Despite their immense success as lawyers, neither Jennifer (J.D.’08) nor Michael J. “M.J.” Blakely Jr. (J.D.’06) initially intended to study law. The couple met at Emory University as undergraduate students who intended to pursue health-related fields.
Jennifer grew interested in the legal field after working several years at the Centers for Disease Control and Prevention, where she saw the importance of a law degree within the healthcare field.
Similarly, M.J. was a pre-med student volunteering in hospitals and doctors’ offices when he realized he did not have an affinity for the work. Fortunately, he had a class with William Cody, who was a political science professor at the Oxford College of Emory University and a 1986 graduate of the UGA School of Law.
“He suggested I attend the mock trial competition [at the UGA School of Law], so I decided to visit the school and learn more about UGA and the mock trial program,” M.J. said. “At that point I just realized that, that’s what I’m supposed to do. I’m supposed to be a lawyer.”
These revelations landed both M.J. and Jennifer in law school in Athens, where they married and became very involved in the Advocacy Program, a highlight of their time at UGA.
By the time M.J. was wrapping up law school, Jennifer was in her first year and M.J. wanted to work at a firm nearby. As graduation drew nearer and he still had not accepted an offer, M.J. thought back to his time interviewing with Andersen Tate & Carr for an internship the previous year, a firm where he and his professors thought he could be a great fit.
“What I ended up doing was writing a letter to all of the partners at that law firm. In the letter I basically said … I think that you really ought to give me a second look, and if you do, I won’t let you down,” M.J. recalled. “I mailed that letter off just as a kind of Hail Mary.”
Ultimately, the firm was so impressed by the move that they met with M.J. and offered him a position.
Once Jennifer graduated, she worked in two major firms before joining Emory University working with its healthcare system.
“It really was one of the best legal experiences you could ask for as a healthcare attorney,” Jennifer said. “I had this really great experience there and got to do all sorts of interesting legal work and even teach healthcare law.”
After several years, however, she became interested in learning more about private business law and received an offer to serve as senior counsel for Chick-fil-A. She has been with the company since 2017, saying the opportunity has rounded out her legal experience.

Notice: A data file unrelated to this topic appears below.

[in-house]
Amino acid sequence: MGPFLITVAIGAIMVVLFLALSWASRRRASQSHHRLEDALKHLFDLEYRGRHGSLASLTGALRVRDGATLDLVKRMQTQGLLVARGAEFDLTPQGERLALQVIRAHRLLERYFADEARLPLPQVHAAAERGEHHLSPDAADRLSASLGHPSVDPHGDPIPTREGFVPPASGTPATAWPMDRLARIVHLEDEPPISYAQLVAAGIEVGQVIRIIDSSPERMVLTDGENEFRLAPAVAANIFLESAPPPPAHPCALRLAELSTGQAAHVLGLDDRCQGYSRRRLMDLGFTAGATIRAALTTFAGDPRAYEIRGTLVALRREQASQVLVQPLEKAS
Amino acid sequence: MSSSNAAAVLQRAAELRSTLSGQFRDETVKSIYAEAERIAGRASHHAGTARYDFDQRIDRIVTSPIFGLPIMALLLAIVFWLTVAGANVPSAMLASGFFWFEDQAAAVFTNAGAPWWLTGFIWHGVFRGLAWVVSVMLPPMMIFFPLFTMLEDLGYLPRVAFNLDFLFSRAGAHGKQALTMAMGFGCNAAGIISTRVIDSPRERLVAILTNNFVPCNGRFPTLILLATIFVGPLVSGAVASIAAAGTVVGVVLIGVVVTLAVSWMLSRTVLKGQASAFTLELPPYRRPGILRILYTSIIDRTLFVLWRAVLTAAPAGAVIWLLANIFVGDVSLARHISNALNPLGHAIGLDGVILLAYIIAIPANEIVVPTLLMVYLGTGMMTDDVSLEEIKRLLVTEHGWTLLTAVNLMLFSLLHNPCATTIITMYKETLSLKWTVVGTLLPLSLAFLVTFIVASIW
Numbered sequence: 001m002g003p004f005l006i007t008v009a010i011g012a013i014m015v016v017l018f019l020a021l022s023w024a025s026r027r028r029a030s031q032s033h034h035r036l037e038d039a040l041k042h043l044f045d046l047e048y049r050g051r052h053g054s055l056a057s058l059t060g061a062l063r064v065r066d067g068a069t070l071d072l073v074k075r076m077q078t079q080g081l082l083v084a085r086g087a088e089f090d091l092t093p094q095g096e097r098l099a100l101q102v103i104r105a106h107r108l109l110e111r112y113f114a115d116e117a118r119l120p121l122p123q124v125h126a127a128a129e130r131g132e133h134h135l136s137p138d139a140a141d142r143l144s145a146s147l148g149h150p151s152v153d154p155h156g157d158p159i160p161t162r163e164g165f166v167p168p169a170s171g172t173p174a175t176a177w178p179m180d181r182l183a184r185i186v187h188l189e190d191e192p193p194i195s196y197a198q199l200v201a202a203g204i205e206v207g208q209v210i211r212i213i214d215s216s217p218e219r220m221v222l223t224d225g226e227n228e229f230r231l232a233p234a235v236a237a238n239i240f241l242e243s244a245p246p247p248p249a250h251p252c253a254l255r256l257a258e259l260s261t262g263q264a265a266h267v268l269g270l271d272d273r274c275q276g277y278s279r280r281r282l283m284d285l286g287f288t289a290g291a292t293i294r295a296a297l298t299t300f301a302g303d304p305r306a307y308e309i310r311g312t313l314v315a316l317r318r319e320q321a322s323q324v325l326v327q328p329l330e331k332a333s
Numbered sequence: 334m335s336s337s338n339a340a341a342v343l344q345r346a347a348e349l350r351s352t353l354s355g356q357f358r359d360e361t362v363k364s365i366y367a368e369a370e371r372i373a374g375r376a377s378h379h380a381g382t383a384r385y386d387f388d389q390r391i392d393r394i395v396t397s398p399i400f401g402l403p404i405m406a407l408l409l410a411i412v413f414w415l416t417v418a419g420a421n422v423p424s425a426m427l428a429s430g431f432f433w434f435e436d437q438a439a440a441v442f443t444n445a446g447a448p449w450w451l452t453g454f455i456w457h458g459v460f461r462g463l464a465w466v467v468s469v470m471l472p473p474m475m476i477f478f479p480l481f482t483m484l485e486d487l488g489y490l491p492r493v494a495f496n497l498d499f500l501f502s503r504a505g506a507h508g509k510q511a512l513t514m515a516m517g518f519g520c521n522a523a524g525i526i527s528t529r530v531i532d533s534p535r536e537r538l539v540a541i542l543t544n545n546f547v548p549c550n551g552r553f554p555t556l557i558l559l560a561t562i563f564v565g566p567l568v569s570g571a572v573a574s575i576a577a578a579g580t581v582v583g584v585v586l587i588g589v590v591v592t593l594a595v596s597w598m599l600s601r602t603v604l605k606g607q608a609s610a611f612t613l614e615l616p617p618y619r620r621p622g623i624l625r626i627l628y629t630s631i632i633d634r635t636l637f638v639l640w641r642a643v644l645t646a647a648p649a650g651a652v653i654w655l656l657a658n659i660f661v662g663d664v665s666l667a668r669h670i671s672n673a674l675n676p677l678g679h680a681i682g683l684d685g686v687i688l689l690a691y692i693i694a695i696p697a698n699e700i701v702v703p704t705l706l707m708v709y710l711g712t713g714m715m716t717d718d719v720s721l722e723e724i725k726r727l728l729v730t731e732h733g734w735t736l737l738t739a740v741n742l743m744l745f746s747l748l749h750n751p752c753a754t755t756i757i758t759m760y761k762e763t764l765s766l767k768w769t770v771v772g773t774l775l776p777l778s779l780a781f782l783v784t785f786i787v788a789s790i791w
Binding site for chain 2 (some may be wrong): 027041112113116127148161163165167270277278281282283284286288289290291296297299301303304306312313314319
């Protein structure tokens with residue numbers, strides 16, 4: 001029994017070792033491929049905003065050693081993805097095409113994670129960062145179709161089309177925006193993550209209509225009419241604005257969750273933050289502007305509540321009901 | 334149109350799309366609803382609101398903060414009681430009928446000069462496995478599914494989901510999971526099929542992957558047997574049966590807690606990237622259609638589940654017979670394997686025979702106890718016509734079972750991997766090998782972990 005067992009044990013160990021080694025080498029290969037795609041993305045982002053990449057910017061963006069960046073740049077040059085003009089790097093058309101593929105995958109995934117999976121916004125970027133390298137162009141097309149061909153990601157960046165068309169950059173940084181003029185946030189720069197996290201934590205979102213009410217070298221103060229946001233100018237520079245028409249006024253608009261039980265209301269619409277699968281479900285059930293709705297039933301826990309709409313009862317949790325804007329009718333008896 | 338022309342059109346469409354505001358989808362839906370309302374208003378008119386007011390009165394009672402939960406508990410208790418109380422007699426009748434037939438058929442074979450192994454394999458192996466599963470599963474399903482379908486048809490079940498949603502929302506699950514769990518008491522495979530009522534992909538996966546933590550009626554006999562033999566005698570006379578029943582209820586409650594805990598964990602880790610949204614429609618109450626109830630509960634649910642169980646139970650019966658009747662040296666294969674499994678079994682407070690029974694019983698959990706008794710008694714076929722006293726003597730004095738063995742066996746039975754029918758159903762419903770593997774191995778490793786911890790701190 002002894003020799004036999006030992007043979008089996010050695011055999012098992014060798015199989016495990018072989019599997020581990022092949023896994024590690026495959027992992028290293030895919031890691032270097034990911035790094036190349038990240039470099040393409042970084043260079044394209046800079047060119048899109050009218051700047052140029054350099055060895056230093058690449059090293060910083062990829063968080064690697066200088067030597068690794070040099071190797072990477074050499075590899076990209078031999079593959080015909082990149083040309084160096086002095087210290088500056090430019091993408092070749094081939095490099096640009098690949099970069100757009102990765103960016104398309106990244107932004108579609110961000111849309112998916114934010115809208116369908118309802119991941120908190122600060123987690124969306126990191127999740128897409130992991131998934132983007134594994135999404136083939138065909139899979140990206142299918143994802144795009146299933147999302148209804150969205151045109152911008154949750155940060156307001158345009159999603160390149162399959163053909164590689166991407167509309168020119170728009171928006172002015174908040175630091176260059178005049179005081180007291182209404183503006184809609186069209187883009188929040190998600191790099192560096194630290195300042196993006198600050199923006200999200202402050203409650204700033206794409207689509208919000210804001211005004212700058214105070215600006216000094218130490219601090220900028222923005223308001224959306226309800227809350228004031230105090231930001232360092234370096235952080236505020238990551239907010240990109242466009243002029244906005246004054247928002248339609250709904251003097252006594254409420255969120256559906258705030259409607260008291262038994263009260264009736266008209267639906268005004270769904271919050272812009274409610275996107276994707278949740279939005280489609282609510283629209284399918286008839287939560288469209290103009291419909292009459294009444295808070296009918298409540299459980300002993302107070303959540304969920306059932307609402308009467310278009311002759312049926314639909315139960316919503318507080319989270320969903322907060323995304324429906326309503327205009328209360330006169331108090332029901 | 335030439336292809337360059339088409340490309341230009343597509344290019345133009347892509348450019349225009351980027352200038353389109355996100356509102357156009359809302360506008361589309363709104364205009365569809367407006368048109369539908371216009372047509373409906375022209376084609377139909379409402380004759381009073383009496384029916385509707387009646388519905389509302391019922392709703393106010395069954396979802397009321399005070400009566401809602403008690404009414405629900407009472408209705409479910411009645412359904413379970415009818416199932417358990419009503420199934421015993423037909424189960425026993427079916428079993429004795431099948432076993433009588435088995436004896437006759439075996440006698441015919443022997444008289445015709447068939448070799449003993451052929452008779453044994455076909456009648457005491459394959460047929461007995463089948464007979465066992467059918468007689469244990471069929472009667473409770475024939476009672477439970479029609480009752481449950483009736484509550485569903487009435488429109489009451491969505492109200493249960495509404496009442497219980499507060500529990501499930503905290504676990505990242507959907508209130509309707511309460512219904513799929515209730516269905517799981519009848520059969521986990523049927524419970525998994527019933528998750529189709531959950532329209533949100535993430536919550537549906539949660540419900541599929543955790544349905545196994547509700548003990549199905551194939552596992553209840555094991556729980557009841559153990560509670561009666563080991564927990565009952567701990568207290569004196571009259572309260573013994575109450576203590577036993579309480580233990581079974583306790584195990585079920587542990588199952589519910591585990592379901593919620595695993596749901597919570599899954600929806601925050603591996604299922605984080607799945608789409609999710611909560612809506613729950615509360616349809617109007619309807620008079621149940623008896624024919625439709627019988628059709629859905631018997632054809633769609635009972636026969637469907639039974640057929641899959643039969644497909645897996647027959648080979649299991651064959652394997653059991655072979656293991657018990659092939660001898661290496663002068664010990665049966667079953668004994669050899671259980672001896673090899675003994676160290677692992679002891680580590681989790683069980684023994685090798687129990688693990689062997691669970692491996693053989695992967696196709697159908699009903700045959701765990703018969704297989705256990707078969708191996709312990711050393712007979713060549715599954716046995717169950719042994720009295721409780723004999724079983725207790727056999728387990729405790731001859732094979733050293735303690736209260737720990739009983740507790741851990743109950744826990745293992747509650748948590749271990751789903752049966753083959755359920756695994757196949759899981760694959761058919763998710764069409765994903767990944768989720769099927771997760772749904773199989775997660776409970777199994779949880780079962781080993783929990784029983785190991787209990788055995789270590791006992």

Outside of her job, Jennifer has done pro bono legal work as a guardian ad litem. This work allows her to make a difference in the lives of domestic violence victims and advocate for their best interest.
M.J. is currently an attorney with Pope McGlamry, where he has applied his courtroom experience to work on nationwide tort cases, including complex medical device litigation and the NFL players’ concussion litigation.
“What really matters the most, and the thing that keeps me coming back … is the satisfaction that I get from having a client reach out and shake my hand and say, ‘thank you, I didn’t know how we were going to manage,’” M.J. said. “And to have them toss their arms around you and wet up your shirt with their tears of joy, you just can’t put a price on those things.”
M.J. served as the Law School Association Council president for the 2019-20 year. During his tenure, he has worked with the school to restructure the Law School Fund and free up some private funding that can help students with their professional needs, like bar preparation courses or a suit for interviews. He also had a hand in the development of the Robinson Scholars Program, which benefits underrepresented student populations with ties to Georgia.
As for why the Blakelys seek to make impactful changes in their lives and the lives of others – by their involvement at UGA, seeking justice for their clients and volunteering their time – comes down to making a difference for their two children, Michael and Blythe, and future generations.
“It’s a constant reminder that what we do here in life is beyond us. It’s an investment in the type of world and community that we want to leave our children,” M.J. said.
– Bailey Walker